Welcome back to Sunday reading. This week is the week that the Independent Hearings Panel released its recommendations on the Auckland Unitary Plan, so we’re going to lead off with a few reactions.

First, Hayden Donnell at the Spinoff had a useful summary of the IHP’s decisions. Essentially, the recommendation is to go both up and out, but they’ve pushed a bit harder on up. This is, as they observe, a firm refutation of the idea that Auckland doesn’t need to do more to enable housing:

Recomended UP - Distribution of Capacity

The original council plan only allowed for 39% of new development inside existing urban areas. The IHP’s plan ups that figure to 64%, even while expanding the amount of land available for development by 30%. That means a more compact city focused around public transport hubs; one where future Aucklanders have a chance to avoid uncontrollably weeping their way through four hour commutes from the Kaipara Harbour every morning.

It’s both a step along the road to creating a city that young people can still live in and a surgical critique of every nostalgic anti-density Boomer that’s eked out a whinging submission to council. Freed of the shackles of groaning ratepayer groups, the IHP did what it thought was right for Auckland – and it mainly sided with the Generation Zeros of the world.

The Spinoff is also running a special section covering the Unitary Plan and advocating for it to be passed.

Economist Shamubeel Eaqub also provides a positive review (on Radio NZ):

The recommended plan for Auckland’s future land use planning is bold, visionary and pragmatic. I love it, so should the champions for Auckland and fairness in society.

A group of independent commissioners have done what the Auckland Council could not. They have planned for over 400,000 new homes by 2041 – the amount likely to be needed. The previous plans had been grossly inadequate, hampered and stymied by local and special interest groups.

This will remove the constraints to housing supply that have disproportionately affected the poor, vulnerable, young and renters. There have been obvious impacts on housing affordability, but also (over) crowding, increased stresses for social and emergency housing providers and homelessness.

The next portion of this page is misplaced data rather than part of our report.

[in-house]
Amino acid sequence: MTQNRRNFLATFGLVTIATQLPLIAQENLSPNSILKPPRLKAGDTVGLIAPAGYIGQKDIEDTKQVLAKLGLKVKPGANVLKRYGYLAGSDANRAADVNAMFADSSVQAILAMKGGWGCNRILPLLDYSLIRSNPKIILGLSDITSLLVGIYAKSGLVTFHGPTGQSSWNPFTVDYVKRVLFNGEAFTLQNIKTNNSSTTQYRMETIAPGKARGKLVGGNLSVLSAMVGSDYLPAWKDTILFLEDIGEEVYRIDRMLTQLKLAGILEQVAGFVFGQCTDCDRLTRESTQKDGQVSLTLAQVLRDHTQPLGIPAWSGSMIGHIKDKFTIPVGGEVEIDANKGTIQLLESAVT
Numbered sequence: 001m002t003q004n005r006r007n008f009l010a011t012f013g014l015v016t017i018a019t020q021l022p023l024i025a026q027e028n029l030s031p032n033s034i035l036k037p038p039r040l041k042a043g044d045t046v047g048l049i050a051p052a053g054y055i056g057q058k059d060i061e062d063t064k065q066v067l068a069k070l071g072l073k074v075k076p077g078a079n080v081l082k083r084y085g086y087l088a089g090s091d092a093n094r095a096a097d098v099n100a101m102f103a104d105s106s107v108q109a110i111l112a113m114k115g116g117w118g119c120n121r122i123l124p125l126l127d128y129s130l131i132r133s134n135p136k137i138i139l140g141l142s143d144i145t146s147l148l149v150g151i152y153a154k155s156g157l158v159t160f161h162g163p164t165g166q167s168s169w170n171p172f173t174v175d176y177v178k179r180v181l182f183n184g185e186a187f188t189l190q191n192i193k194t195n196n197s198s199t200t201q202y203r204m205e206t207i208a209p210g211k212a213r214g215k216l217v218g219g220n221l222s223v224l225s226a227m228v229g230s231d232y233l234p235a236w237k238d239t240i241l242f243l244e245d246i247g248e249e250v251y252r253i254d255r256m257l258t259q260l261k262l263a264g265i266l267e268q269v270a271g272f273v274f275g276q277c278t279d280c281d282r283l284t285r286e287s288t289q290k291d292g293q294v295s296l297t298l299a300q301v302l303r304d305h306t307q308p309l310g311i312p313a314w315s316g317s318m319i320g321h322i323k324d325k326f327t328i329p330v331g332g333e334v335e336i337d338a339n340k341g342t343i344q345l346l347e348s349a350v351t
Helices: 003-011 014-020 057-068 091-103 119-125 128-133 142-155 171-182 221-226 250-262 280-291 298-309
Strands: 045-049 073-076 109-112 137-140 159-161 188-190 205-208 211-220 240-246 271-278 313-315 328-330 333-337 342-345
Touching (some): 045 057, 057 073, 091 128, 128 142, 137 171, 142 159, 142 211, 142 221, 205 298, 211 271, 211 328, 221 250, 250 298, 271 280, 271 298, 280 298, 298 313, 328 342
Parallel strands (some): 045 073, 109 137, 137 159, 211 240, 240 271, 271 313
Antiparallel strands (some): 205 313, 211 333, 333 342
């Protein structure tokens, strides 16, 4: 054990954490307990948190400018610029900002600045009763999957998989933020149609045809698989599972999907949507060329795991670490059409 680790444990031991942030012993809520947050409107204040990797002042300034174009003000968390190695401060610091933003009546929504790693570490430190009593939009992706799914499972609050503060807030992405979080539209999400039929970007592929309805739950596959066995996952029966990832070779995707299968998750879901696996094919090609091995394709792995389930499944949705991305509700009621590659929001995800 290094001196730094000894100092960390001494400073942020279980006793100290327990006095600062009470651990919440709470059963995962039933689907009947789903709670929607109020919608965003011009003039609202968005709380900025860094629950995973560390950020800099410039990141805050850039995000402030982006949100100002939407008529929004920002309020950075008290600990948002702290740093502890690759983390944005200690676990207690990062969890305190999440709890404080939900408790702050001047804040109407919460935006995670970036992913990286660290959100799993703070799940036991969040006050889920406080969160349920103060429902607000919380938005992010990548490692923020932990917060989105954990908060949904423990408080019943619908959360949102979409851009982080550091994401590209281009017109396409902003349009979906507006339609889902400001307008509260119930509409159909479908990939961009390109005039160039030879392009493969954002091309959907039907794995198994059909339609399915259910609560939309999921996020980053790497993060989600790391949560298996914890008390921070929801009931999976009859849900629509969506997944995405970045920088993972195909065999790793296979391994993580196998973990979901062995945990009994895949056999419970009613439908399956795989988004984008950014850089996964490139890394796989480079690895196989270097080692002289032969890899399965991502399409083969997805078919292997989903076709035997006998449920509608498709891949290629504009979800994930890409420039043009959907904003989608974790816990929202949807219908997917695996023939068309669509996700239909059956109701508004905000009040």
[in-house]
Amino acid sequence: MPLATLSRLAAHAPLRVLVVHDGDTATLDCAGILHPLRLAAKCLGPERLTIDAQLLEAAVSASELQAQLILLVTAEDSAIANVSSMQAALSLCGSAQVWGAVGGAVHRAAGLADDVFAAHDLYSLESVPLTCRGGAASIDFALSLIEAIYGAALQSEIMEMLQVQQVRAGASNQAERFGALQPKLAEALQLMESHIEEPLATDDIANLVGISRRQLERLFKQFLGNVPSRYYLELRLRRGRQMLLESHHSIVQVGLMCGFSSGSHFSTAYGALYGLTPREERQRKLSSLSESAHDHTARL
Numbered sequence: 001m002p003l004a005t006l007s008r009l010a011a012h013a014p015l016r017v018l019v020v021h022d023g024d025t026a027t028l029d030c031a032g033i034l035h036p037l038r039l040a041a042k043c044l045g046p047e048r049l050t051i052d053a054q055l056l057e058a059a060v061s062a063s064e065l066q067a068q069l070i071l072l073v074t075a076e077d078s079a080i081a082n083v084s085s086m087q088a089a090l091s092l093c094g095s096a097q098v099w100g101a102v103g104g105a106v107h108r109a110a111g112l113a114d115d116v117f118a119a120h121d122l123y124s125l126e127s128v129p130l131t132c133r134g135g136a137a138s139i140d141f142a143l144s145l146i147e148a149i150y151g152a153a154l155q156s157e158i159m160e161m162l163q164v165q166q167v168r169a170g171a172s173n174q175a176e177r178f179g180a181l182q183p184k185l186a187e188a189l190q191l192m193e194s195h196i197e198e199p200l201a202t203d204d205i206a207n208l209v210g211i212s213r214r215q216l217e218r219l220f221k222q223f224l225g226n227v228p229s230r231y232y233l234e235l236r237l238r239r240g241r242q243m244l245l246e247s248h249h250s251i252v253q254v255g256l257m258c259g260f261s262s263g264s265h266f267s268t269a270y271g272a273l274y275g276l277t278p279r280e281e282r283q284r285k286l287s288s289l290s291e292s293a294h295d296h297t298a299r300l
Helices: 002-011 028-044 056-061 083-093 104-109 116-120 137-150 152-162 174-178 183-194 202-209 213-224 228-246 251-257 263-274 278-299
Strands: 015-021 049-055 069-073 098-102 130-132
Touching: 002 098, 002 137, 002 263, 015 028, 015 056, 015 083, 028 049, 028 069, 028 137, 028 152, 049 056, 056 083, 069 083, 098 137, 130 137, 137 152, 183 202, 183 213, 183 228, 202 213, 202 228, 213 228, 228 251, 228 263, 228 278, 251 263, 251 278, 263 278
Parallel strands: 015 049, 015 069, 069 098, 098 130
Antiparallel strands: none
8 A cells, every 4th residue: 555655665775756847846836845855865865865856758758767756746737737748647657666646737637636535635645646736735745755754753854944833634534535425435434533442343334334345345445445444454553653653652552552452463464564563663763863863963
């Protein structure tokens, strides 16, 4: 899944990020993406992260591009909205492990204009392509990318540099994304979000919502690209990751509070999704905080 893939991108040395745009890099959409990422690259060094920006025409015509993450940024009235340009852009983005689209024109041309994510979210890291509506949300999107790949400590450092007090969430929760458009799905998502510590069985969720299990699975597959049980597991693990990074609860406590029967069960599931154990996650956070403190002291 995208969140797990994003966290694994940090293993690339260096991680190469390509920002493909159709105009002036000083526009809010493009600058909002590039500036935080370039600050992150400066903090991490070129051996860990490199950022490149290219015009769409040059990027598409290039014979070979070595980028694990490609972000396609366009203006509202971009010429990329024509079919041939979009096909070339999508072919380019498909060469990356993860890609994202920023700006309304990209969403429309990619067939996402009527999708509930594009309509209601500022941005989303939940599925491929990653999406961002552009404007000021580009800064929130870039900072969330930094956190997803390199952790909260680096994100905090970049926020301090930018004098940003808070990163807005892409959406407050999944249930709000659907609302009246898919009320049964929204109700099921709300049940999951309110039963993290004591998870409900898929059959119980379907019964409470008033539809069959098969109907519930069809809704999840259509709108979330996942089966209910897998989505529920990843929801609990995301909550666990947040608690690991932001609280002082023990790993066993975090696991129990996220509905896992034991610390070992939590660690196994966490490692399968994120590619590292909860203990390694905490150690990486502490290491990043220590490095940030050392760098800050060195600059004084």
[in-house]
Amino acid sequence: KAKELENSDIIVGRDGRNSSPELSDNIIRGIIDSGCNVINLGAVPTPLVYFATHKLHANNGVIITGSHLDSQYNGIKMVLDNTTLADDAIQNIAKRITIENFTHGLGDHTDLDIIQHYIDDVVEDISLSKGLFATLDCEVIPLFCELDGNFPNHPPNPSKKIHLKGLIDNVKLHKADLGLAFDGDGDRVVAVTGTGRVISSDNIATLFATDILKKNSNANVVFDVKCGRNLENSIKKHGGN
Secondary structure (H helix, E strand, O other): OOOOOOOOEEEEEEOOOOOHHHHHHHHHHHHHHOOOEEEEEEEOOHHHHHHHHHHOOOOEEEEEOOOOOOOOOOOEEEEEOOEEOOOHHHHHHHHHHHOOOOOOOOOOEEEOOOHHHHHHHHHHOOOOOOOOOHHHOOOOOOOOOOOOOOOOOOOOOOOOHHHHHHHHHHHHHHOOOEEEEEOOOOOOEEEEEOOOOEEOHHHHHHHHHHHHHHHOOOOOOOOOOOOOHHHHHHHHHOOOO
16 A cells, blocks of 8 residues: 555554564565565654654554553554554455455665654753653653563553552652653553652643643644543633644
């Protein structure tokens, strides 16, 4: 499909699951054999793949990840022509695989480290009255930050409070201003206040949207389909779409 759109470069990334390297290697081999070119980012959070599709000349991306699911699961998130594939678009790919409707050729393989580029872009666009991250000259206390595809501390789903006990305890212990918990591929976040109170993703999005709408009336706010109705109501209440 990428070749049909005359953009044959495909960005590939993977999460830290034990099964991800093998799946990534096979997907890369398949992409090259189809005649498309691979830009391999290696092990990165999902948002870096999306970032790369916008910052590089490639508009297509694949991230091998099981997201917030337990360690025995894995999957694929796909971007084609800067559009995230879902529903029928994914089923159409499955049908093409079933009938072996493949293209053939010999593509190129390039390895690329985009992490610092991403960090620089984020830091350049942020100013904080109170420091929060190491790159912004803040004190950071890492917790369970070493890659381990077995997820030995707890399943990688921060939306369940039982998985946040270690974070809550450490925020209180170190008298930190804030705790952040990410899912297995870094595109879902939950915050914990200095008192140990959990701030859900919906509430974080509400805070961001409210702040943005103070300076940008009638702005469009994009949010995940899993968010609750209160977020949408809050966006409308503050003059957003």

Housing supply isn’t a magic cure for these ills, but it is a critical part of it.

Green Party MP Julie Anne Genter puts the issue in slightly broader perspective, looking at the impacts on housing affordability, climate change, inequality, and happiness:

Four – Happiness
The Happy City sums up all the latest research on health and happiness outcomes of cities. What could people want more than health and happiness? It turns out cities can be engines of happiness – but only if we design them for people (not cars).

Again, although it seems boring, part of the answer to achieving this change is getting the rules in the Unitary Plan right.

You don’t need to understand all the implications of the detailed recommendations from the Hearings Panel on the Unitary Plan. But if you want a happy, healthy, fair, affordable and green future for Auckland, let your local body politicians know that the recommendations are going in the right direction.

Others are not so happy. Alleged journalist Bernard Orsman (NZ Herald) has been doing his usual work, going around wealthy suburbs looking for ill-informed reactions. A selection:

Orsman Unitary Plan stories

Reading his coverage, I get the impression that he doesn’t actually understand how zoning works. He seems to think that rezoning to allow higher-density development *automatically* means that the bulldozers roll in. I also think the viewpoints he’s highlighting are seriously out of touch in a city where housing unaffordability touches the lives of most low-income people and most young people.

Speaking of, Toby Morris (Pencilsword) has put together an illustrated rant on Auckland’s housing affordability: